Donald GARBER, et al., appellants, et al., plaintiff, v. BOARD OF TRUSTEES OF the STATE UNIVERSITY OF NEW YORK, et al., respondents.
In an action for declaratory and injunctive relief, the plaintiffs Donald Garber, JLM Hotels, Co., Inc., JLM Food Services, Inc., Inn at Stony Brook, Inc., d/b/a Three Village Inn, and Tsunis Hotels, LLC, d/b/a Holiday Inn Express in Stony Brook, appeal from an order of the Supreme Court, Suffolk County (Pitts, J.), dated December 14, 2005, which granted the defendants' motion to dismiss the complaint.
ORDERED that the order is affirmed, with one bill of costs to the respondents appearing separately and filing separate briefs.
The Supreme Court correctly determined that the plaintiffs lacked standing as citizen taxpayers under State Finance Law § 123-b to maintain this action for a judgment, inter alia, to permanently enjoin the defendants State University of New York at Stony Brook (hereinafter SUNY Stony Brook) and its president and/or Stony Brook Foundation Realty, Inc. (hereinafter SBF Realty), from entering into contracts for the construction of a hotel and conference center on a portion of the campus of SUNY Stony Brook unless they comply with competitive bidding laws.
State Finance Law § 123-b grants citizen taxpayers standing to bring an action for equitable or declaratory relief against an officer or employee of the State to prevent a “wrongful expenditure, misappropriation, misapplication, or any other illegal or unconstitutional disbursement of state funds or state property.” The statute is narrowly construed as a grant of “standing to correct clear illegality of official action,” but does not allow the interposition of “litigating plaintiffs and the courts into the management and operation of public enterprises” (Matter of Abrams v. New York City Tr. Auth., 39 N.Y.2d 990, 992, 387 N.Y.S.2d 235, 355 N.E.2d 289; see Saratoga County Chamber of Commerce v. Pataki, 100 N.Y.2d 801, 812, 766 N.Y.S.2d 654, 798 N.E.2d 1047, cert. denied 540 U.S. 1017, 124 S.Ct. 570, 157 L.Ed.2d 430; Matter of Transactive Corp. v. New York State Dept. of Social Servs., 92 N.Y.2d 579, 589, 684 N.Y.S.2d 156, 706 N.E.2d 1180).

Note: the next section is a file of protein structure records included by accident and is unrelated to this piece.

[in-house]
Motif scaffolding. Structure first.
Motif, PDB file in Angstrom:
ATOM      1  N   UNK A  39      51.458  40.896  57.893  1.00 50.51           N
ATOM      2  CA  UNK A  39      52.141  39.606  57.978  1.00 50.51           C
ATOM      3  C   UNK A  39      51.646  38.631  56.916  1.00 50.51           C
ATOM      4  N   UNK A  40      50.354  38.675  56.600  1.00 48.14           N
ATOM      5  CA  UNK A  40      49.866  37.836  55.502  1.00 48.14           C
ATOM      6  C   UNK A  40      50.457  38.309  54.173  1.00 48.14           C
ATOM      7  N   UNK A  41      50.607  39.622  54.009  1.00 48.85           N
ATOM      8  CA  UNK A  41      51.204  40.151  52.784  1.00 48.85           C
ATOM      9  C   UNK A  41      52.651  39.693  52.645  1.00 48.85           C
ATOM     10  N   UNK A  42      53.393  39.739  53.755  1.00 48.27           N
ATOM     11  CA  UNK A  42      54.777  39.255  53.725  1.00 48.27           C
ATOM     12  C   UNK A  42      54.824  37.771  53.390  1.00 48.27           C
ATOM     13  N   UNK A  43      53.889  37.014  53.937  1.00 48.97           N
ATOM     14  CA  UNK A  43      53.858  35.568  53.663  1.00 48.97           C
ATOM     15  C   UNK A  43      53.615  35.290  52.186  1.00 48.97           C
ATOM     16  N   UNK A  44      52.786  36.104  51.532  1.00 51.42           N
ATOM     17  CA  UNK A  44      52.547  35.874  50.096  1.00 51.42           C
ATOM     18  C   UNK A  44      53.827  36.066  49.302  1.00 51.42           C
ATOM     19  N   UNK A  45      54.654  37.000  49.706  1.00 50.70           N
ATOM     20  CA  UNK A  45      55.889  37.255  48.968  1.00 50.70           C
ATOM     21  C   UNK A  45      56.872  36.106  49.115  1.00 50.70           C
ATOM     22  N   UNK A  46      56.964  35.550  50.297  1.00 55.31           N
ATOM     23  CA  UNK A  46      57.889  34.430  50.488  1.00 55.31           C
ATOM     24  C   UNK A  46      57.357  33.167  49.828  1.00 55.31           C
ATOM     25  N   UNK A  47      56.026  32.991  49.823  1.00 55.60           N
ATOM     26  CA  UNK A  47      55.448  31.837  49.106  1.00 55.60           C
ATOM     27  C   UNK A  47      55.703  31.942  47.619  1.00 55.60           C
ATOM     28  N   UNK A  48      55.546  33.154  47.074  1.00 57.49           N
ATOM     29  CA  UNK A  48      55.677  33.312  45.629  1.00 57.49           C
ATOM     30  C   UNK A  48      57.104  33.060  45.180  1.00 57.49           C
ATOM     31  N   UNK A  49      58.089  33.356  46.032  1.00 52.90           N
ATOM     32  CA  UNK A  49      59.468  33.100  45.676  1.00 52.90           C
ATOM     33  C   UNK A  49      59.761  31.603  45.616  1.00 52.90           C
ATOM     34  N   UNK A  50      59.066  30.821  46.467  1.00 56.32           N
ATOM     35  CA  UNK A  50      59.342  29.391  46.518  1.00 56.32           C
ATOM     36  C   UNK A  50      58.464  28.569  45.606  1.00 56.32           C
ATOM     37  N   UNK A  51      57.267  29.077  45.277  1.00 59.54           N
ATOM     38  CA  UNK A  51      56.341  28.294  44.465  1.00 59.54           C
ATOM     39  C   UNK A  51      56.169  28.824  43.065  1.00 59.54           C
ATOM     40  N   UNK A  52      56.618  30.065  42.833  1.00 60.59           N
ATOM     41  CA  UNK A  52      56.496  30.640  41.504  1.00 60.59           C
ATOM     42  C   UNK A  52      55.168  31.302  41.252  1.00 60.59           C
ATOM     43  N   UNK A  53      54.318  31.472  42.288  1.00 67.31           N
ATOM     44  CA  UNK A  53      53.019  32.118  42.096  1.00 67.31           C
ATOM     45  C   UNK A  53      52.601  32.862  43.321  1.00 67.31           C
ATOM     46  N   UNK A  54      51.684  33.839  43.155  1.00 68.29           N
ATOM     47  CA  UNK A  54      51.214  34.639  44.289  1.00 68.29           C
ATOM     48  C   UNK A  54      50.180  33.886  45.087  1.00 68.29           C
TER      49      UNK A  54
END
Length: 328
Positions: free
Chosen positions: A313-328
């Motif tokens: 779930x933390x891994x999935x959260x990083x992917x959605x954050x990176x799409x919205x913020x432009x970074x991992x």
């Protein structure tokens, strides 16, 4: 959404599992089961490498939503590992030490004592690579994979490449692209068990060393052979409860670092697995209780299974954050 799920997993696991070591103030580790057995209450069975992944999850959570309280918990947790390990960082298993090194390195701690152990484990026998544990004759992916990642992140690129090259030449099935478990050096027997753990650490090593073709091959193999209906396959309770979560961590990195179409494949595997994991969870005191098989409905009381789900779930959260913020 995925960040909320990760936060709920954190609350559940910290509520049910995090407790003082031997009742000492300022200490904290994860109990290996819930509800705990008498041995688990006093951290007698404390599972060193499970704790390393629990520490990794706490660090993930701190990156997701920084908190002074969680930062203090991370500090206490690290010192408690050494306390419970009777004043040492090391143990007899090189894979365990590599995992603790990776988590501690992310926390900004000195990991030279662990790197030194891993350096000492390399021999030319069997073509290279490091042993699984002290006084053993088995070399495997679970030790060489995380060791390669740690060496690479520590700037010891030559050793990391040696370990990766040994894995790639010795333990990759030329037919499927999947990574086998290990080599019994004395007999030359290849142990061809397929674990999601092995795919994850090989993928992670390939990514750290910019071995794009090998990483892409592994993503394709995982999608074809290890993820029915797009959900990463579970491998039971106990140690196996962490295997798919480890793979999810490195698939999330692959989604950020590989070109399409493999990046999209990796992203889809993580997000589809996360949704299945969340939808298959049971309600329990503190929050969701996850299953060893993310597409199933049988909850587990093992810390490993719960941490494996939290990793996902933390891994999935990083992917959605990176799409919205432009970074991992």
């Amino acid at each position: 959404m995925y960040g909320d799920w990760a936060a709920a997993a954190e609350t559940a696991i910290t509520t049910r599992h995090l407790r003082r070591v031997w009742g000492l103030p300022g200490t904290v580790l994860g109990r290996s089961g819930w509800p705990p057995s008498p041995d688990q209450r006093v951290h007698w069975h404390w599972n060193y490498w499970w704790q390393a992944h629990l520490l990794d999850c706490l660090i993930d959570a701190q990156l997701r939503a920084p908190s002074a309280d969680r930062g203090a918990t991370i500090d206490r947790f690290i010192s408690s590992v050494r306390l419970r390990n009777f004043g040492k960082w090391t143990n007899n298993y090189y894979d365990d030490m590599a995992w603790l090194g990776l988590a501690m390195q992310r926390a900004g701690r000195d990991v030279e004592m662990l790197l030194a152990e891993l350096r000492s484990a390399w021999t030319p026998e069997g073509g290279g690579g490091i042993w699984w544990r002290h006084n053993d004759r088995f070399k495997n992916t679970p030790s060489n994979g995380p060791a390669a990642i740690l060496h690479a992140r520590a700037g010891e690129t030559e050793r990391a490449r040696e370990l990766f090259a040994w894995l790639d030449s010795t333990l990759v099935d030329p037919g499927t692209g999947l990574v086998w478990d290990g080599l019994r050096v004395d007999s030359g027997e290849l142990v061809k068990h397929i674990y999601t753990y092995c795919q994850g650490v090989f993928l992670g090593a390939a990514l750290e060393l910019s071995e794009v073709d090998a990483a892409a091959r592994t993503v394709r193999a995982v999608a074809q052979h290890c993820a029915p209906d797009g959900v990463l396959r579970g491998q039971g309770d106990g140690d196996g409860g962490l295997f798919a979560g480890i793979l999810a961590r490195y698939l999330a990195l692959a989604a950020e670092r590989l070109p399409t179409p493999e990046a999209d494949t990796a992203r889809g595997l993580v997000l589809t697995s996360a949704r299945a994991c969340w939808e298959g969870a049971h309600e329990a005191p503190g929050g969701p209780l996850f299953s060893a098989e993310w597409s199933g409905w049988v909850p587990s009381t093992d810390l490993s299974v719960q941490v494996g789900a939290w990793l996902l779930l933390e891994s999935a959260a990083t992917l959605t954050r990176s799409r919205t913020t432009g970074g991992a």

The plaintiffs allege that the defendants' conduct in entering into a contract with a private developer for construction of a hotel on the SUNY Stony Brook campus was “illegal” and constituted an unconstitutional gift of State property. While the allegations in the complaint are to be accepted as true when considering a motion to dismiss (see Leon v. Martinez, 84 N.Y.2d 83, 87-88, 614 N.Y.S.2d 972, 638 N.E.2d 511), “allegations consisting of bare legal conclusions as well as factual claims flatly contradicted by documentary evidence are not entitled to any such consideration” (Maas v. Cornell Univ., 94 N.Y.2d 87, 91, 699 N.Y.S.2d 716, 721 N.E.2d 966, quoting Gertler v. Goodgold, 107 A.D.2d 481, 485, 487 N.Y.S.2d 565, affd. 66 N.Y.2d 946, 498 N.Y.S.2d 779, 489 N.E.2d 748, for reasons stated below ). The Supreme Court correctly determined, upon review of the documents submitted by the parties, that the proposed hotel construction proceeded in accordance with specific enabling legislation enacted by the Legislature (L. 1986, ch. 830; L. 1989, ch. 200). Within the time frame allowed by the enabling legislation, SUNY and SBF Realty entered into a ground lease and the ground lease was approved by the State Comptroller, the Budget Director and, as to form, by the Attorney General, as required by that statute. The enabling legislation also expressly provides that contracts entered into for construction of the hotel and conference facilities are exempt from the requirements of public bidding statutes. Since the conclusory allegations of illegality and gift of State property are clearly contradicted by the documentary evidence, the plaintiffs lack standing to challenge the ground lease or to enjoin the current plans to construct and develop a hotel on campus.
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